Luton boxer Michael Devine returned to the ring with a comprehensive 40-36 points win on Saturday night.
It was yet another televised appearance for Devine, this time on ITV Box Office on the George Groves versus Jamie Cox undercard at the SSE Arena in Wembley.
Devine, who hadn’t boxed since securing his second Southern Area title in December last year, was in the best shape of his career as he took on Worcester’s Michael Mooney (8-38-1).
As the first round began, Devine was up on his toes and began to walk down Mooney and find his range.
Mooney took some heavy body shots and winced as Devine piled on the pressure and cut off the ring.
In the second, Devine began to move up through the gears and an array of uppercuts and body shots forced Mooney to bite down on his gumshield.
The third saw the Worcester man attempt to take the fight to Devine, but the Luton fighter’s patience and maturity saw him avoid being drawn into the all-out war Mooney wanted.
Instead Devine used his ring craft to frustrate his opponent, at one point making him miss with some excellent head movement which almost sent the lunging Mooney over the ropes to loud cheers from over 200 travelling Devine fans.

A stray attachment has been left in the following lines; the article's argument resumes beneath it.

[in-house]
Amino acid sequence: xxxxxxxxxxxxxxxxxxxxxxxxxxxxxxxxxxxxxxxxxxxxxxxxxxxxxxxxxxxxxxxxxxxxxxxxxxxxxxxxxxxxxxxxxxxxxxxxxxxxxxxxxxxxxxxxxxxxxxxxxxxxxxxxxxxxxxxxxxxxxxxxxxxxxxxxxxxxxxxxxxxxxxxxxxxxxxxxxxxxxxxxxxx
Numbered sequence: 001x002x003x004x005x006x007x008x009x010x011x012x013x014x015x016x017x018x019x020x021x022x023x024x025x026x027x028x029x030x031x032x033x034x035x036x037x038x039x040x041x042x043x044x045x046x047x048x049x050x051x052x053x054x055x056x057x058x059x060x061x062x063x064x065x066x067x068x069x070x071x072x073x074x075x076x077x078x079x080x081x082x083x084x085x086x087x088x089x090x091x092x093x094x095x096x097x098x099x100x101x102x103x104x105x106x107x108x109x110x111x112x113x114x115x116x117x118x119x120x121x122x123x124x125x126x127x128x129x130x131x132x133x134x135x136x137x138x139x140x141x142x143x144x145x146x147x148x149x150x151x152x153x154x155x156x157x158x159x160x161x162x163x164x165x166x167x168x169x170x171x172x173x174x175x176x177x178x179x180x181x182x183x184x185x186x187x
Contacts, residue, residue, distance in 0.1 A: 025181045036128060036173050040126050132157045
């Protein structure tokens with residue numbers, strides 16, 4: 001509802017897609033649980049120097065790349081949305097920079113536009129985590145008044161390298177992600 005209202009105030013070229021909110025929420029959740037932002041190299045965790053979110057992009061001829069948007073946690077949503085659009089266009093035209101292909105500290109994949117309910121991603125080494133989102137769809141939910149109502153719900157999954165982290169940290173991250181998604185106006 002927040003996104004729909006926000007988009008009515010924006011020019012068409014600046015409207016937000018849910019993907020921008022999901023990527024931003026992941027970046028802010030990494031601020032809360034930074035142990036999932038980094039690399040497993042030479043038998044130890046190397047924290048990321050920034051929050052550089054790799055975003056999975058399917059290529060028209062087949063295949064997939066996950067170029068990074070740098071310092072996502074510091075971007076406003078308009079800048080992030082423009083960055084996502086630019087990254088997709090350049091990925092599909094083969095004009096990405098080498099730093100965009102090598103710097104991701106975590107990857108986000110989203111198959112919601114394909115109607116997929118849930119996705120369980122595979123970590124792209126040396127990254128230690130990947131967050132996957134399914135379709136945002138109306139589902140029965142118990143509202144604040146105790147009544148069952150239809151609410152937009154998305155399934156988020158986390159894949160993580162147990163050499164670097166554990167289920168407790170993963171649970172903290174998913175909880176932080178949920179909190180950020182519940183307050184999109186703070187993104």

In the final round, Mooney sensed the fight slipping away and chose to goad Devine.
But the two time Southern Area champion chose to pick off Mooney with another flurry of body shots and a crunching headshot that sent him across the ring.
To Mooney’s credit, he held on to the final bell, but the referee scored every round to Devine who has now chalked up his 16th professional win (16-5-1).
Speaking afterwards, Devine, nursing a visibly swollen hand, said: “He was a tough kid and I hurt my hand in the second with a headshot, and he made it very awkward for me.
“I didn’t feel like I performed the best, but my coach and corner were very impressed with the win.
“I’m really glad to get the rounds in against a durable opponent, and shake off the ring rust.”
Devine hopes to be back out in the coming months and wants to continue his journey towards his lifelong aim, winning the British title.